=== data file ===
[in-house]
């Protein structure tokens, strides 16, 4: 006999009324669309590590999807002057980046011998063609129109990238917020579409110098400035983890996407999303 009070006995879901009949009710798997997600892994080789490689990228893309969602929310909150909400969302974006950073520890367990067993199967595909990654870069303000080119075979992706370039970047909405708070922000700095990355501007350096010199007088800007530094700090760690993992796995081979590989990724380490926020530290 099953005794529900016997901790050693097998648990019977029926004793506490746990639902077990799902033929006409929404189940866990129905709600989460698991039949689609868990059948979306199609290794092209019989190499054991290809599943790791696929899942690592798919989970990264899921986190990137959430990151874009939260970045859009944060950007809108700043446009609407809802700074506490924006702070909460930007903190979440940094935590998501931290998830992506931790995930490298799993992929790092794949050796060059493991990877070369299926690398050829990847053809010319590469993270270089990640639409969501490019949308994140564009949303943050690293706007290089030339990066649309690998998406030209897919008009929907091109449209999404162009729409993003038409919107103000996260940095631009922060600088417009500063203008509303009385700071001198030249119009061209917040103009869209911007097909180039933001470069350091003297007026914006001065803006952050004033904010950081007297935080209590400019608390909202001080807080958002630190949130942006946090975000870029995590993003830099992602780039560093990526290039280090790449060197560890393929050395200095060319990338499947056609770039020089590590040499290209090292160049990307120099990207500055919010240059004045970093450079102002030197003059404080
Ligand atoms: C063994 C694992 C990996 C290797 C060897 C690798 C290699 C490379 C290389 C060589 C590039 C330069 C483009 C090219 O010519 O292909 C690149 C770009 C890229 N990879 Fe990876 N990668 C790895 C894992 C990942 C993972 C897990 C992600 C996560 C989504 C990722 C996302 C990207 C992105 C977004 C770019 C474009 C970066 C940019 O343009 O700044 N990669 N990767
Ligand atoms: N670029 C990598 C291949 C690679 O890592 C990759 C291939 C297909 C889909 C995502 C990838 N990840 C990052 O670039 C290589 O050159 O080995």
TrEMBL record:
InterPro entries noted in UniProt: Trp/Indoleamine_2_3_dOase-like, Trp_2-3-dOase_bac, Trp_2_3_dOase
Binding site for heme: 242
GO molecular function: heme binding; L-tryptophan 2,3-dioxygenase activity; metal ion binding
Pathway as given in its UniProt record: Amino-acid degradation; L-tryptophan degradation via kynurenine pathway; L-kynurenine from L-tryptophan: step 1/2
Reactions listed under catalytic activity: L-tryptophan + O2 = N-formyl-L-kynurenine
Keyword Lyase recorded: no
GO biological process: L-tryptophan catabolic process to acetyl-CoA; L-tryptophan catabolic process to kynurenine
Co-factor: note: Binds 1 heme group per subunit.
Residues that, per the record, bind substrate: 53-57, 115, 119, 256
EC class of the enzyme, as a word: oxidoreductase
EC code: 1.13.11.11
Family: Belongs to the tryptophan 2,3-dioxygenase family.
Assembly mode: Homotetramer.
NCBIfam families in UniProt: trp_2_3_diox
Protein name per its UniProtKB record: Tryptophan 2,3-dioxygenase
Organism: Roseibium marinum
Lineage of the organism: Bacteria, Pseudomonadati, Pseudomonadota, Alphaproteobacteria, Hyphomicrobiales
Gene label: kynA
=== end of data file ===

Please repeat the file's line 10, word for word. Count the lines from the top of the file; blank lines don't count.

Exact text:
Reactions listed under catalytic activity: L-tryptophan + O2 = N-formyl-L-kynurenine